Atmel AT91 is a series of common microcontrollers that contain ARM cores. The AT91SAM7 series in particular runs the ubiquitous ARM7TDMI. I found out that there is an open source program that emulates these microcontrollers (among many others): it is Skyeye.
Skyeye is a project that emulates big and small microcontrollers, and for this reason it complements QEMU, which is the current state of the art of open source emulators for cores devoted to applications. The old version 1.2.5 can be installed from Debian and Ubuntu repositories (package name: skyeye), while on sourceforge the latest version (currently 1.3.1) can be downloaded from source and then compiled. I noted that version 1.3.1 can only be built and installed without overriding the default prefix (that is “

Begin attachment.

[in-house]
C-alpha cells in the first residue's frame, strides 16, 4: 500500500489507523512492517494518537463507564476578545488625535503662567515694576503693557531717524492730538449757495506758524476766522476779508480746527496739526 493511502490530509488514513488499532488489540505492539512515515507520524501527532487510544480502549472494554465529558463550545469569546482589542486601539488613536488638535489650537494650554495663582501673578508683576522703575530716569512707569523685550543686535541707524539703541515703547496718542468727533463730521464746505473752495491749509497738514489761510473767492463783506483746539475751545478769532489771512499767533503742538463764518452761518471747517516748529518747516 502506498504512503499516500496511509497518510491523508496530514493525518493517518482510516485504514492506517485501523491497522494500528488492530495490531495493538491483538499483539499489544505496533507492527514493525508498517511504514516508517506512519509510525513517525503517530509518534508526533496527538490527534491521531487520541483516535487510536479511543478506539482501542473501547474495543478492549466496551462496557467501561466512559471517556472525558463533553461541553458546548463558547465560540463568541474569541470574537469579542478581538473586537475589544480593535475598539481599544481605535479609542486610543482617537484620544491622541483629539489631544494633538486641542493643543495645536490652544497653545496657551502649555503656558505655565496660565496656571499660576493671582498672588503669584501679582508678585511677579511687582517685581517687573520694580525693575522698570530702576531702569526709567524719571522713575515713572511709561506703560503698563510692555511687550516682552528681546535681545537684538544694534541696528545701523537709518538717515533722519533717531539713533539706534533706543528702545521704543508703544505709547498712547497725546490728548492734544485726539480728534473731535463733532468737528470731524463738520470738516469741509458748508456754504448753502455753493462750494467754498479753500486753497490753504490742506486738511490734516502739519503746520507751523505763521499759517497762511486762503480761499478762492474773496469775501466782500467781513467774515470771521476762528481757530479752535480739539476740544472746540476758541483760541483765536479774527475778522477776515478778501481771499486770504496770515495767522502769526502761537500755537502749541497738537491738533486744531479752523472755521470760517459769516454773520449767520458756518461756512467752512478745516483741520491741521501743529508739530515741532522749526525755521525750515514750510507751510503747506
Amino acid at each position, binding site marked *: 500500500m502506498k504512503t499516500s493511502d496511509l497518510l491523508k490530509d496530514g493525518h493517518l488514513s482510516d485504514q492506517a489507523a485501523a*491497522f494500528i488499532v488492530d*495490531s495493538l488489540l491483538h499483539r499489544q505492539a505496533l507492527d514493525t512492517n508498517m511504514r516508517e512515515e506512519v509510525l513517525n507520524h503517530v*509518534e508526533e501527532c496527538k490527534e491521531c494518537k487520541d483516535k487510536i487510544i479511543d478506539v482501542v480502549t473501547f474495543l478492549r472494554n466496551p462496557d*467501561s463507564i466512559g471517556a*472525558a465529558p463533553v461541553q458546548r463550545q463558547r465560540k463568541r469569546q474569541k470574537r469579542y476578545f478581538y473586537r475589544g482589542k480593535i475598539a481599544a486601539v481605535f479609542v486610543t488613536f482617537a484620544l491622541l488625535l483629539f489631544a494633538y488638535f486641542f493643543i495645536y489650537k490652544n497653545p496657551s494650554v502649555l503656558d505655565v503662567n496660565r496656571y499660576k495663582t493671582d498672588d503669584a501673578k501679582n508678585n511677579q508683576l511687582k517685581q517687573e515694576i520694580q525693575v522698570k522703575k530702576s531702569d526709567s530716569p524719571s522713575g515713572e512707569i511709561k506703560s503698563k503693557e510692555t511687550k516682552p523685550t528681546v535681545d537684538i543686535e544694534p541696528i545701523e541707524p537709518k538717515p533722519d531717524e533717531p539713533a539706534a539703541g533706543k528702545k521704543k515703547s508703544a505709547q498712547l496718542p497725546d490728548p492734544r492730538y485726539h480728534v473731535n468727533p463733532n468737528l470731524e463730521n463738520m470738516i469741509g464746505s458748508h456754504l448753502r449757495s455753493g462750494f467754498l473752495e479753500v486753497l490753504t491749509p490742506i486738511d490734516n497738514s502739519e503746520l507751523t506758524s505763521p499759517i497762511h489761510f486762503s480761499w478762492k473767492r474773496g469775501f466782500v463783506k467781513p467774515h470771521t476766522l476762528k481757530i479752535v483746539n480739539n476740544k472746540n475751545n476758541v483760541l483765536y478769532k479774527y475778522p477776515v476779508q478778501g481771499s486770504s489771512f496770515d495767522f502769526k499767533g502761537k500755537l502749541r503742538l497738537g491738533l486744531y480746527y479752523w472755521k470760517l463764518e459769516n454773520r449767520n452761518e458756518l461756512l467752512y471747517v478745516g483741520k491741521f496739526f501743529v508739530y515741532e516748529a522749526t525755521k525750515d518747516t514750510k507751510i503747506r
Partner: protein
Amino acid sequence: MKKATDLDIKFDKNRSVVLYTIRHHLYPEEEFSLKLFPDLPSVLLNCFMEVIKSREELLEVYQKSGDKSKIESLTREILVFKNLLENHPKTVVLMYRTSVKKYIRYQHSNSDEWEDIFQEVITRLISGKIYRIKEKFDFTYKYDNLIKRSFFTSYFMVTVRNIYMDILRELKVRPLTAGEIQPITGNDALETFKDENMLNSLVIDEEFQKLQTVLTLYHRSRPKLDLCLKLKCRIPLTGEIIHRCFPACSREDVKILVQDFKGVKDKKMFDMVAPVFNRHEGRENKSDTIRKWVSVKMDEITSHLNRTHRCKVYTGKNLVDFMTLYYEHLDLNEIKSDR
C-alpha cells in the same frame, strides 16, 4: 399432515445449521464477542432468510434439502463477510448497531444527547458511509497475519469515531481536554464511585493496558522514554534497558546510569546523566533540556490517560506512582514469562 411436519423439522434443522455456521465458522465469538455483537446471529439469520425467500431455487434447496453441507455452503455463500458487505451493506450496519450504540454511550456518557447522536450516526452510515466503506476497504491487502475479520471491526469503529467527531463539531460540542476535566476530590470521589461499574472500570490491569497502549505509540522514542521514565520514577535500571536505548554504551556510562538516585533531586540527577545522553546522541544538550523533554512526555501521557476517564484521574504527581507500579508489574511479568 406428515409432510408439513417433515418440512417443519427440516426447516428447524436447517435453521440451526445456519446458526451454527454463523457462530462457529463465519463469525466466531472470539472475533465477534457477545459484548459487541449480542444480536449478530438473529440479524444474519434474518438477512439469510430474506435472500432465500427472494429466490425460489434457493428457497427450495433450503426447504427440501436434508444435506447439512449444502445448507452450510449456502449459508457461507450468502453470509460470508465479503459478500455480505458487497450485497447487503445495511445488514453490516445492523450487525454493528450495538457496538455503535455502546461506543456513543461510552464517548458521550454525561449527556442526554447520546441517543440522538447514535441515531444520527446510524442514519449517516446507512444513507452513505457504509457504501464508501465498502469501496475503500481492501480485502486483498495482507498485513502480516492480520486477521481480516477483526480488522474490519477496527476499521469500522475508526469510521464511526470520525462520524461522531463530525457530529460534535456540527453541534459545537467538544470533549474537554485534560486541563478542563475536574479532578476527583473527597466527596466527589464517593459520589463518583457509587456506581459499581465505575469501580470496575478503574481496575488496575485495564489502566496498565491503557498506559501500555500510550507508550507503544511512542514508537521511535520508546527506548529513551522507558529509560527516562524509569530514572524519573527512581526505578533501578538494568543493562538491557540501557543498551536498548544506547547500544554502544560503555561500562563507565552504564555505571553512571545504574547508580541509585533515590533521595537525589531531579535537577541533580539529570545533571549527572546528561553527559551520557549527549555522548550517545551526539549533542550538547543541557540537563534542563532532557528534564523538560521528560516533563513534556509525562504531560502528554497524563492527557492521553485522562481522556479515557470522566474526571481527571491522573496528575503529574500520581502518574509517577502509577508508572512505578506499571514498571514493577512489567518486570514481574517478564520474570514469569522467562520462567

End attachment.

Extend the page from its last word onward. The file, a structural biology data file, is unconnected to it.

/opt/skyeye“), in order for it to work properly.
When simulating, Skyeye wants two files as input: an ELF executable and a configuration file. A simple executable for ARM7TDMI can be created with the EABI CodeSourcery toolchain as I explain in a previous post. Almost everything is identical except for the CPU type (the compiler option should be “
-mcpu=arm7tdmi“) and the UART address (
0xfffd001c). Once rewritten the “
startup.s” and “
test.ld” files, the commands to create the ELF executable are:
$ arm-none-eabi-as -mcpu=arm7tdmi -g startup.s -o startup.o $ arm-none-eabi-gcc -c -mcpu=arm7tdmi -g test.c -o test.o $ arm-none-eabi-ld -T test.ld test.o startup.o -o test.elf
Then the configuration file (I called it “
skyeye.conf“) must be:
arch:arm cpu: arm7tdmi mach: at91 mem_bank: map=M, type=RW, addr=0x00000000, size=0x00400000 mem_bank: map=I, type=RW, addr=0xf0000000, size=0x10000000 uart:mod=term
uart:mod” line is for printing what’s sent to the serial port to the terminal. To launch the emulator:
$ skyeye -e test.elf -c skyeye.conf
To end the emulation, press CTRL-C.